Immediately, work got underway to cast this new Spider-Man so he could shoot his scenes for Captain America: Civil War. Per the Sony-Marvel deal, Sony retained final approval over casting, but would work in concert with Marvel to find the right actor. Both sides agreed they wanted to cast a much younger Peter Parker this time around (the MCU was already full of thirtysomething and fortysomething heroes), so they were looking for an actor of 15 or 16 years of age.
Casting shortlists surfaced in late April 2015, after Civil War filming began on April 27, 2015. Marvel and Sony considered actors such as Nat Wolff, Asa Butterfield, Timothee Chalamet, Liam James, and of course Tom Holland for the role of Peter Parker. By May, Marvel and Sony were testing actors opposite Robert Downey Jr. and Chris Evans, at which point Butterfield and Holland emerged as the frontrunners. On June 23rd, Holland was cast as the new Spider-Man, and literally days later he was on the Civil War set shooting his scenes.
At the same time that casting for the new Spider-Man was underway, Sony and Marvel were looking to find a new creative team to spearhead the standalone Spider-Man film scheduled to arrive in theaters a year after Civil War. In May 2015, it was reported that the filmmakers in consideration to direct the new Spider-Man movie included Jonathan Levine (50/50), Ted Melfi (St. Vincent), Jason Moore (Pitch Perfect), John Francis Daley and Jonathan M. Goldstein (Game Night), and Jared Hess (Napoleon Dynamite). Clearly they were looking for a filmmaker with a young sensibility, possibly skewing towards comedy, as Marvel ideally wanted to capture a John Hughes-esque tone with a story set in high school.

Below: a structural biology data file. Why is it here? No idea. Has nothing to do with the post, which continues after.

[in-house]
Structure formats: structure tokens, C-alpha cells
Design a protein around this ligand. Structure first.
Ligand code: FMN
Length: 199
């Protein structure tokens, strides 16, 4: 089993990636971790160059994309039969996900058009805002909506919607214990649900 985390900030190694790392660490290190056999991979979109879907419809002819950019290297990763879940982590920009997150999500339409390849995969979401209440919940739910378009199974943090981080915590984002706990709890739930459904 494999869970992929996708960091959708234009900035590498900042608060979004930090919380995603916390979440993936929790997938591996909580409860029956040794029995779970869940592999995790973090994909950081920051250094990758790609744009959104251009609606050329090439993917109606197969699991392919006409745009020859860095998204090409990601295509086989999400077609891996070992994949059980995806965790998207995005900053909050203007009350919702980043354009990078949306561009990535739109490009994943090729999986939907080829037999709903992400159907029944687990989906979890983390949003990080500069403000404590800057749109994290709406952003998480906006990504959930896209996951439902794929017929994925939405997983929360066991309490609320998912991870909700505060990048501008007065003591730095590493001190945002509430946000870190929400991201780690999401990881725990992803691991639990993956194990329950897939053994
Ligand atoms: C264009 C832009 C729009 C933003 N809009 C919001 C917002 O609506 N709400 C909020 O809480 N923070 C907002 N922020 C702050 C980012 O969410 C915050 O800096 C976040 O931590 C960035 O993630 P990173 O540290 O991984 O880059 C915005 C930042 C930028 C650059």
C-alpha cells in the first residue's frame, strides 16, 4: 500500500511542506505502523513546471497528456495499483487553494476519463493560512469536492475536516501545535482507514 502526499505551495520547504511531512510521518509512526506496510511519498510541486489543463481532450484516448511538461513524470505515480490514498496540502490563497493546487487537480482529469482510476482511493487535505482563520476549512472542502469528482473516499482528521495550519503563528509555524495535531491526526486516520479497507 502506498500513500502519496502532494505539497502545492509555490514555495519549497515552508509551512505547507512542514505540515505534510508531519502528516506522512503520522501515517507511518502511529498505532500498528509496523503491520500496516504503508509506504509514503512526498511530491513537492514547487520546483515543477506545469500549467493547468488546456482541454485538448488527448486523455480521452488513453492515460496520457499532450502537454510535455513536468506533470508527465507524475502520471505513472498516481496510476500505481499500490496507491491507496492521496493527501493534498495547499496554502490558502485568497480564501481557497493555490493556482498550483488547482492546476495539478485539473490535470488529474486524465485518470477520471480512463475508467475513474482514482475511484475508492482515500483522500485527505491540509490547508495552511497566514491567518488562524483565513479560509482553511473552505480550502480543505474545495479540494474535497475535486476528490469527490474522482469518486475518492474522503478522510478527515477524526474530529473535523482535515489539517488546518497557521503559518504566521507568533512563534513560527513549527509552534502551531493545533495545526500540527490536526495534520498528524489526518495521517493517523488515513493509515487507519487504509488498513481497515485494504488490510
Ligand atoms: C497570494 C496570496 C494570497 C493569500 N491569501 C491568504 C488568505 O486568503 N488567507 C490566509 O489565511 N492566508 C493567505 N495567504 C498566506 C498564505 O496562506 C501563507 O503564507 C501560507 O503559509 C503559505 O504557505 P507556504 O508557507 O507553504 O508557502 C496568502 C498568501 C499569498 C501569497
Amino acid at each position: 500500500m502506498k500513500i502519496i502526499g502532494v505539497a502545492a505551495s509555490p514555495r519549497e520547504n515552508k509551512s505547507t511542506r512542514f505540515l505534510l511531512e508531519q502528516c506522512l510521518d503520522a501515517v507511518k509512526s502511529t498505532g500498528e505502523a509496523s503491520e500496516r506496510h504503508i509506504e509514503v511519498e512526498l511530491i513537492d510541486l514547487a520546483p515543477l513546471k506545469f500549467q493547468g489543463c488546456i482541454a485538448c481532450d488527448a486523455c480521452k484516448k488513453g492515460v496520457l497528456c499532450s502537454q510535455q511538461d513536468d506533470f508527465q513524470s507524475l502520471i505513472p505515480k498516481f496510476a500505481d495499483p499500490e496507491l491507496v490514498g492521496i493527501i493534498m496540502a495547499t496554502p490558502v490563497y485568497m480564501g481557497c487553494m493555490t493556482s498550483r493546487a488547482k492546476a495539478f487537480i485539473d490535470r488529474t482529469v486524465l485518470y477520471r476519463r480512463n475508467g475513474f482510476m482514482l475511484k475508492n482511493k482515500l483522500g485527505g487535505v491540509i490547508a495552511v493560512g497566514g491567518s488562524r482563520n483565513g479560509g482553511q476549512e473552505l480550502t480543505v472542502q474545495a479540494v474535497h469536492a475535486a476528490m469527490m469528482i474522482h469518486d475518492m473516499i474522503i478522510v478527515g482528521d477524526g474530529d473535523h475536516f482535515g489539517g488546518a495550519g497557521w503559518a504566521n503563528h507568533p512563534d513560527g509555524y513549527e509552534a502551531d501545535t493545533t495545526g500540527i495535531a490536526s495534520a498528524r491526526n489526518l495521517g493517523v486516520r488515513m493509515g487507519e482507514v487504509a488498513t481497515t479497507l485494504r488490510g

A month later, the directing sweepstakes continued with favorites narrowed down to Levine and Melfi, but this is also the first we heard of Jon Watts entering the fray. At the time he was a surprise inclusion, having recently helmed the Sundance indie Cop Car, but by June 23rd he had the job. Feige explained what made them choose Watts over the other candidates:
“We met with a lot of people and came down to a couple of very, very, very good finals candidates. Jon just—we really liked his movie Cop Car, we met with him four, five, or six times, and each time he had more and more interesting things to say. And at Marvel, it always comes down to ultimately, “We can make a movie with this person for two years, we could spend almost every day with this person for two years. Let’s go.”
Watts followed Holland to the set of Civil War and not only shadowed the Russo Brothers to see how to make a Marvel movie, but also consulted on the depiction of Peter Parker.
In July, Daley and Goldstein—who were previously in the running to direct—were hired to write the screenplay for the new film. All involved agreed not to rehash the origin story and to instead hit the ground running with a coming-of-age tale set in the “life or death” stakes of high school.
The story continued to develop for what would eventually be titled Spider-Man: Homecoming, and Robert Downey Jr. was added to the ensemble in a mentor-like role to Peter Parker—although the actor was able to shoot all of his scenes in just three days.
As for choosing the villain of the film in the wake of the numerous Spider-Man movies that have already been made, Spider-Man: Homecoming producer Eric Caroll revealed that nearly every director who came in and pitched on the movie had Vulture as the Big Bad:
“We told all the writers and directors that came in, ‘Pitch us anything,’ because it’s one of these best idea-type scenarios—if someone came in with the greatest Doc Ock pitch of all time and we’re like, ‘This is it. It feels new, it feels different, it feels MCU specific,’ we would have done it. But frankly I think all but two people came in and pitched The Vulture to us. So we were, again, leaning that way anyway but then we heard all these great ideas, and especially the one that Jonathan Goldstein and John Francis Daley first pitched we were like, ‘Yeah this is cool. It feels MCU, it feels unique, it feels like you haven’t seen it before.’”